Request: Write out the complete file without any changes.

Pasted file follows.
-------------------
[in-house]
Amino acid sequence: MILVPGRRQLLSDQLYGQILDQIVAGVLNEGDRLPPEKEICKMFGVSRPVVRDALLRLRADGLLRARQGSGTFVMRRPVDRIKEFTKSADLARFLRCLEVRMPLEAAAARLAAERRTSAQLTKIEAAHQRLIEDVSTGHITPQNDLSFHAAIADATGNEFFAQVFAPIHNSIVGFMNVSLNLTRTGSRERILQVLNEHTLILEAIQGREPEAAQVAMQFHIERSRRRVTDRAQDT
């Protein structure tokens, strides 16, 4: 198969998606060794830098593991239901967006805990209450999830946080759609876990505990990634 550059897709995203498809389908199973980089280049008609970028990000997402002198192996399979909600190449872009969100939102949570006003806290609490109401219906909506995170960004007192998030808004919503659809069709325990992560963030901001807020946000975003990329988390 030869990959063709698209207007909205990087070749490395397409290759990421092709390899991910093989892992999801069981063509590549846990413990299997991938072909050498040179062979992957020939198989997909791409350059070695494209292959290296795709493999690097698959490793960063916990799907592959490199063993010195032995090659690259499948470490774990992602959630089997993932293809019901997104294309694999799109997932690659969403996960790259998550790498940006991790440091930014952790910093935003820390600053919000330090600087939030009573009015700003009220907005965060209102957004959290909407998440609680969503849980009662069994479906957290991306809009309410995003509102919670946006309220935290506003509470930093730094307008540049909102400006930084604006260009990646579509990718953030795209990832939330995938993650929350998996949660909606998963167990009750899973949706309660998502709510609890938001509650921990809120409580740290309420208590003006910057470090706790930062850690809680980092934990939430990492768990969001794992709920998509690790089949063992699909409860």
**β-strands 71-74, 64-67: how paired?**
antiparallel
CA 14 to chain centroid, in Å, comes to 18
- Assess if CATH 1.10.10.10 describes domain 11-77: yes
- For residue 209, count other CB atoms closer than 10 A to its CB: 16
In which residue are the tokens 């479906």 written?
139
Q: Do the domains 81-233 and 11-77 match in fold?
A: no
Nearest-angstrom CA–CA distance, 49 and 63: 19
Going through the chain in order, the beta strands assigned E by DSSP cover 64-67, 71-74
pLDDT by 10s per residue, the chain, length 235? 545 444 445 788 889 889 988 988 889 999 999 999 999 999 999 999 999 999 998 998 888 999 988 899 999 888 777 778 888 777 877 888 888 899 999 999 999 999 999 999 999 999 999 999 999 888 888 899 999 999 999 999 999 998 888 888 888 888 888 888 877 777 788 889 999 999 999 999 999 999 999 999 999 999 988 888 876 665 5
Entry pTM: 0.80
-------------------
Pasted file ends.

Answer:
[in-house]
Amino acid sequence: MILVPGRRQLLSDQLYGQILDQIVAGVLNEGDRLPPEKEICKMFGVSRPVVRDALLRLRADGLLRARQGSGTFVMRRPVDRIKEFTKSADLARFLRCLEVRMPLEAAAARLAAERRTSAQLTKIEAAHQRLIEDVSTGHITPQNDLSFHAAIADATGNEFFAQVFAPIHNSIVGFMNVSLNLTRTGSRERILQVLNEHTLILEAIQGREPEAAQVAMQFHIERSRRRVTDRAQDT
């Protein structure tokens, strides 16, 4: 198969998606060794830098593991239901967006805990209450999830946080759609876990505990990634 550059897709995203498809389908199973980089280049008609970028990000997402002198192996399979909600190449872009969100939102949570006003806290609490109401219906909506995170960004007192998030808004919503659809069709325990992560963030901001807020946000975003990329988390 030869990959063709698209207007909205990087070749490395397409290759990421092709390899991910093989892992999801069981063509590549846990413990299997991938072909050498040179062979992957020939198989997909791409350059070695494209292959290296795709493999690097698959490793960063916990799907592959490199063993010195032995090659690259499948470490774990992602959630089997993932293809019901997104294309694999799109997932690659969403996960790259998550790498940006991790440091930014952790910093935003820390600053919000330090600087939030009573009015700003009220907005965060209102957004959290909407998440609680969503849980009662069994479906957290991306809009309410995003509102919670946006309220935290506003509470930093730094307008540049909102400006930084604006260009990646579509990718953030795209990832939330995938993650929350998996949660909606998963167990009750899973949706309660998502709510609890938001509650921990809120409580740290309420208590003006910057470090706790930062850690809680980092934990939430990492768990969001794992709920998509690790089949063992699909409860």
**β-strands 71-74, 64-67: how paired?**
antiparallel
CA 14 to chain centroid, in Å, comes to 18
- Assess if CATH 1.10.10.10 describes domain 11-77: yes
- For residue 209, count other CB atoms closer than 10 A to its CB: 16
In which residue are the tokens 């479906």 written?
139
Q: Do the domains 81-233 and 11-77 match in fold?
A: no
Nearest-angstrom CA–CA distance, 49 and 63: 19
Going through the chain in order, the beta strands assigned E by DSSP cover 64-67, 71-74
pLDDT by 10s per residue, the chain, length 235? 545 444 445 788 889 889 988 988 889 999 999 999 999 999 999 999 999 999 998 998 888 999 988 899 999 888 777 778 888 777 877 888 888 899 999 999 999 999 999 999 999 999 999 999 999 888 888 899 999 999 999 999 999 998 888 888 888 888 888 888 877 777 788 889 999 999 999 999 999 999 999 999 999 999 988 888 876 665 5
Entry pTM: 0.80